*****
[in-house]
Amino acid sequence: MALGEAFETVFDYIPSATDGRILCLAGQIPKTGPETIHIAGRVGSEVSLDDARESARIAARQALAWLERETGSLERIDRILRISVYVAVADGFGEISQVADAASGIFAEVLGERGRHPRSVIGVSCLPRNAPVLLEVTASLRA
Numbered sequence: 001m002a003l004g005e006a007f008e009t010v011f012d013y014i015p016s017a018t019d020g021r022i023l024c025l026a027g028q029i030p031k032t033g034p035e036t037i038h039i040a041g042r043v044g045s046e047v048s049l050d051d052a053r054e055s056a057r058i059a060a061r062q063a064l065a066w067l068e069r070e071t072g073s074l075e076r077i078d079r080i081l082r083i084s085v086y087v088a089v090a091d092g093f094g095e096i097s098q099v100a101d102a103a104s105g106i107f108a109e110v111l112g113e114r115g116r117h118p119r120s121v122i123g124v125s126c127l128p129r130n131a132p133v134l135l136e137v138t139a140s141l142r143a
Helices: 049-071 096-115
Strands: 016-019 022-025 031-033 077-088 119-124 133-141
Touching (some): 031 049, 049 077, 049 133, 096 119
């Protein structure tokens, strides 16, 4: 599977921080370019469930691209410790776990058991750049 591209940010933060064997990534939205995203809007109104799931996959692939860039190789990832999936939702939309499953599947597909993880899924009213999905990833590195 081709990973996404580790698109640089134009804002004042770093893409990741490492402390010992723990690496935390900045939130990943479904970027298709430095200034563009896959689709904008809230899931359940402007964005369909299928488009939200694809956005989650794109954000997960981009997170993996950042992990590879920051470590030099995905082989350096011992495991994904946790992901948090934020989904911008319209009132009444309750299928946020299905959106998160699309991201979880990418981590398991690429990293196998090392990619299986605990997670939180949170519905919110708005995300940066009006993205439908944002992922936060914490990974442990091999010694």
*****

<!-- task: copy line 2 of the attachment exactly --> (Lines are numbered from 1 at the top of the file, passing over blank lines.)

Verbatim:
Amino acid sequence: MALGEAFETVFDYIPSATDGRILCLAGQIPKTGPETIHIAGRVGSEVSLDDARESARIAARQALAWLERETGSLERIDRILRISVYVAVADGFGEISQVADAASGIFAEVLGERGRHPRSVIGVSCLPRNAPVLLEVTASLRA